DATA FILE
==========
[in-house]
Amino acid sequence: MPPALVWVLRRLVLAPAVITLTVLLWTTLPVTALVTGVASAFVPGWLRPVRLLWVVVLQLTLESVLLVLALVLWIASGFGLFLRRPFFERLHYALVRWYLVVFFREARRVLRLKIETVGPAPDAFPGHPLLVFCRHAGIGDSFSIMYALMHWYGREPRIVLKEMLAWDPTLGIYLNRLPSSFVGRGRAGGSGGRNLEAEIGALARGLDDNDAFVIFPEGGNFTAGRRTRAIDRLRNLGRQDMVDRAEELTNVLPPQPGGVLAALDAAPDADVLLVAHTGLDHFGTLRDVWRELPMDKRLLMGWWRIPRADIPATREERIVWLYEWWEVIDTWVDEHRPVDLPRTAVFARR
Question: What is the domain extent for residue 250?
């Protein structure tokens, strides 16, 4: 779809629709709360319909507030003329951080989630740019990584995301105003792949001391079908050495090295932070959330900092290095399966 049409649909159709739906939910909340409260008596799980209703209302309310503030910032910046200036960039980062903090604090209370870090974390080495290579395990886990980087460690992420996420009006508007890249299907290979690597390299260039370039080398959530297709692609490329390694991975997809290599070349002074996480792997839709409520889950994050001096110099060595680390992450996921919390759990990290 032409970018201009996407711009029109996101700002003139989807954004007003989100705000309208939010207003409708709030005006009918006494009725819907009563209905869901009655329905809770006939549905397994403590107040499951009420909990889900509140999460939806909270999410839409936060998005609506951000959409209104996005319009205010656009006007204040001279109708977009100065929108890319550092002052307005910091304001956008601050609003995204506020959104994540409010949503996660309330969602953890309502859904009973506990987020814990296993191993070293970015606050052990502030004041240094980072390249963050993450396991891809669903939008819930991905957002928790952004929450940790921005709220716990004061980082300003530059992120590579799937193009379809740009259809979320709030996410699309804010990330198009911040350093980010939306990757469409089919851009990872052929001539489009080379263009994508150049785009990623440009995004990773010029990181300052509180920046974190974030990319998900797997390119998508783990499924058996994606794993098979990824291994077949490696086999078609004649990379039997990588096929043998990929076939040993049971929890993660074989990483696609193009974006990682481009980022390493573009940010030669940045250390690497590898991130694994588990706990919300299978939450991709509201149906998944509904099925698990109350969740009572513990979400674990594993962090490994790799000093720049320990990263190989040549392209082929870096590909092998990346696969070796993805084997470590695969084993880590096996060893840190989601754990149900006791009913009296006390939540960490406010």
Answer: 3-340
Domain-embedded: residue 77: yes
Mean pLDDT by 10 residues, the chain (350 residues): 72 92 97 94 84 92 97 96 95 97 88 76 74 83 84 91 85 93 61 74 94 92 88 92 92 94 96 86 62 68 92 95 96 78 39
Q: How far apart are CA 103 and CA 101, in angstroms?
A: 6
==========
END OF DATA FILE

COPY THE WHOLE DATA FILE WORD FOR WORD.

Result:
[in-house]
Amino acid sequence: MPPALVWVLRRLVLAPAVITLTVLLWTTLPVTALVTGVASAFVPGWLRPVRLLWVVVLQLTLESVLLVLALVLWIASGFGLFLRRPFFERLHYALVRWYLVVFFREARRVLRLKIETVGPAPDAFPGHPLLVFCRHAGIGDSFSIMYALMHWYGREPRIVLKEMLAWDPTLGIYLNRLPSSFVGRGRAGGSGGRNLEAEIGALARGLDDNDAFVIFPEGGNFTAGRRTRAIDRLRNLGRQDMVDRAEELTNVLPPQPGGVLAALDAAPDADVLLVAHTGLDHFGTLRDVWRELPMDKRLLMGWWRIPRADIPATREERIVWLYEWWEVIDTWVDEHRPVDLPRTAVFARR
Question: What is the domain extent for residue 250?
């Protein structure tokens, strides 16, 4: 779809629709709360319909507030003329951080989630740019990584995301105003792949001391079908050495090295932070959330900092290095399966 049409649909159709739906939910909340409260008596799980209703209302309310503030910032910046200036960039980062903090604090209370870090974390080495290579395990886990980087460690992420996420009006508007890249299907290979690597390299260039370039080398959530297709692609490329390694991975997809290599070349002074996480792997839709409520889950994050001096110099060595680390992450996921919390759990990290 032409970018201009996407711009029109996101700002003139989807954004007003989100705000309208939010207003409708709030005006009918006494009725819907009563209905869901009655329905809770006939549905397994403590107040499951009420909990889900509140999460939806909270999410839409936060998005609506951000959409209104996005319009205010656009006007204040001279109708977009100065929108890319550092002052307005910091304001956008601050609003995204506020959104994540409010949503996660309330969602953890309502859904009973506990987020814990296993191993070293970015606050052990502030004041240094980072390249963050993450396991891809669903939008819930991905957002928790952004929450940790921005709220716990004061980082300003530059992120590579799937193009379809740009259809979320709030996410699309804010990330198009911040350093980010939306990757469409089919851009990872052929001539489009080379263009994508150049785009990623440009995004990773010029990181300052509180920046974190974030990319998900797997390119998508783990499924058996994606794993098979990824291994077949490696086999078609004649990379039997990588096929043998990929076939040993049971929890993660074989990483696609193009974006990682481009980022390493573009940010030669940045250390690497590898991130694994588990706990919300299978939450991709509201149906998944509904099925698990109350969740009572513990979400674990594993962090490994790799000093720049320990990263190989040549392209082929870096590909092998990346696969070796993805084997470590695969084993880590096996060893840190989601754990149900006791009913009296006390939540960490406010």
Answer: 3-340
Domain-embedded: residue 77: yes
Mean pLDDT by 10 residues, the chain (350 residues): 72 92 97 94 84 92 97 96 95 97 88 76 74 83 84 91 85 93 61 74 94 92 88 92 92 94 96 86 62 68 92 95 96 78 39
Q: How far apart are CA 103 and CA 101, in angstroms?
A: 6